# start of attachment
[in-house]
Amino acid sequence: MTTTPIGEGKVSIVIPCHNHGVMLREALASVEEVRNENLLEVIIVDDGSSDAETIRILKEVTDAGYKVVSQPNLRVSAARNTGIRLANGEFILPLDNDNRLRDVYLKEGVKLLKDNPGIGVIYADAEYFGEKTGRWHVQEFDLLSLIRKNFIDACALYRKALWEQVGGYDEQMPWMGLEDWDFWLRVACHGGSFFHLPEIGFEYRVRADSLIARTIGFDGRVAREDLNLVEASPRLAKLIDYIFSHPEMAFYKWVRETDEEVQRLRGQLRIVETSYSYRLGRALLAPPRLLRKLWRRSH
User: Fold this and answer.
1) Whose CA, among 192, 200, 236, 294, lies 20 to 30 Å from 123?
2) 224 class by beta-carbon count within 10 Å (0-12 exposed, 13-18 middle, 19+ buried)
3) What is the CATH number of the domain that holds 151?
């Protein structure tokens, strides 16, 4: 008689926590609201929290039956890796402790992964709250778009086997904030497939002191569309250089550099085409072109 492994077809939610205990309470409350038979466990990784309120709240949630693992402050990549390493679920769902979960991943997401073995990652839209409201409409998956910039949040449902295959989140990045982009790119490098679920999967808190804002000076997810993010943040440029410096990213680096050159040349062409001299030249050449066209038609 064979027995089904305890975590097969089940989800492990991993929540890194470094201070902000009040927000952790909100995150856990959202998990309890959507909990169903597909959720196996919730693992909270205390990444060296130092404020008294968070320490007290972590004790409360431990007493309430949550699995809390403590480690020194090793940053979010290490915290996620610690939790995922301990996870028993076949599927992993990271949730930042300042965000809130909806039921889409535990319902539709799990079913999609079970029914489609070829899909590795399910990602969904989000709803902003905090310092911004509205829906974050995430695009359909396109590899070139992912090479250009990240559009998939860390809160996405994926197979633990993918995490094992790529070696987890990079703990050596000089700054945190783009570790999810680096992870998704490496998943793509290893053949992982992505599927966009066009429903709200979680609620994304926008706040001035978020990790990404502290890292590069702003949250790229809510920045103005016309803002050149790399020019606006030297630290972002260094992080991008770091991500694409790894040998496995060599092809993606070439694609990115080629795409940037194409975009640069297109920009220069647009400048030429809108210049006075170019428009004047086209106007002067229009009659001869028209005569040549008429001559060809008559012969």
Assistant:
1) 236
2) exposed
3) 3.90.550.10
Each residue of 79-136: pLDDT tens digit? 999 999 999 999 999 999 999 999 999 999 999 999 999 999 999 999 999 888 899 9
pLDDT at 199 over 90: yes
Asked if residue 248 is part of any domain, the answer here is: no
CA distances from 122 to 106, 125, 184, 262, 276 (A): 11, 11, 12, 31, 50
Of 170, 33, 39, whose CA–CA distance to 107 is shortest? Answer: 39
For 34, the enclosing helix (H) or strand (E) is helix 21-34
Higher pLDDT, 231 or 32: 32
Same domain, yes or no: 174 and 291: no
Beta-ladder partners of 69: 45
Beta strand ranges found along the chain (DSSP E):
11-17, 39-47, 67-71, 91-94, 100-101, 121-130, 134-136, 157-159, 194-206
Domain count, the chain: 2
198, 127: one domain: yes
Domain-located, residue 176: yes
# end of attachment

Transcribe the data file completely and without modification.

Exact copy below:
[in-house]
Amino acid sequence: MTTTPIGEGKVSIVIPCHNHGVMLREALASVEEVRNENLLEVIIVDDGSSDAETIRILKEVTDAGYKVVSQPNLRVSAARNTGIRLANGEFILPLDNDNRLRDVYLKEGVKLLKDNPGIGVIYADAEYFGEKTGRWHVQEFDLLSLIRKNFIDACALYRKALWEQVGGYDEQMPWMGLEDWDFWLRVACHGGSFFHLPEIGFEYRVRADSLIARTIGFDGRVAREDLNLVEASPRLAKLIDYIFSHPEMAFYKWVRETDEEVQRLRGQLRIVETSYSYRLGRALLAPPRLLRKLWRRSH
User: Fold this and answer.
1) Whose CA, among 192, 200, 236, 294, lies 20 to 30 Å from 123?
2) 224 class by beta-carbon count within 10 Å (0-12 exposed, 13-18 middle, 19+ buried)
3) What is the CATH number of the domain that holds 151?
């Protein structure tokens, strides 16, 4: 008689926590609201929290039956890796402790992964709250778009086997904030497939002191569309250089550099085409072109 492994077809939610205990309470409350038979466990990784309120709240949630693992402050990549390493679920769902979960991943997401073995990652839209409201409409998956910039949040449902295959989140990045982009790119490098679920999967808190804002000076997810993010943040440029410096990213680096050159040349062409001299030249050449066209038609 064979027995089904305890975590097969089940989800492990991993929540890194470094201070902000009040927000952790909100995150856990959202998990309890959507909990169903597909959720196996919730693992909270205390990444060296130092404020008294968070320490007290972590004790409360431990007493309430949550699995809390403590480690020194090793940053979010290490915290996620610690939790995922301990996870028993076949599927992993990271949730930042300042965000809130909806039921889409535990319902539709799990079913999609079970029914489609070829899909590795399910990602969904989000709803902003905090310092911004509205829906974050995430695009359909396109590899070139992912090479250009990240559009998939860390809160996405994926197979633990993918995490094992790529070696987890990079703990050596000089700054945190783009570790999810680096992870998704490496998943793509290893053949992982992505599927966009066009429903709200979680609620994304926008706040001035978020990790990404502290890292590069702003949250790229809510920045103005016309803002050149790399020019606006030297630290972002260094992080991008770091991500694409790894040998496995060599092809993606070439694609990115080629795409940037194409975009640069297109920009220069647009400048030429809108210049006075170019428009004047086209106007002067229009009659001869028209005569040549008429001559060809008559012969």
Assistant:
1) 236
2) exposed
3) 3.90.550.10
Each residue of 79-136: pLDDT tens digit? 999 999 999 999 999 999 999 999 999 999 999 999 999 999 999 999 999 888 899 9
pLDDT at 199 over 90: yes
Asked if residue 248 is part of any domain, the answer here is: no
CA distances from 122 to 106, 125, 184, 262, 276 (A): 11, 11, 12, 31, 50
Of 170, 33, 39, whose CA–CA distance to 107 is shortest? Answer: 39
For 34, the enclosing helix (H) or strand (E) is helix 21-34
Higher pLDDT, 231 or 32: 32
Same domain, yes or no: 174 and 291: no
Beta-ladder partners of 69: 45
Beta strand ranges found along the chain (DSSP E):
11-17, 39-47, 67-71, 91-94, 100-101, 121-130, 134-136, 157-159, 194-206
Domain count, the chain: 2
198, 127: one domain: yes
Domain-located, residue 176: yes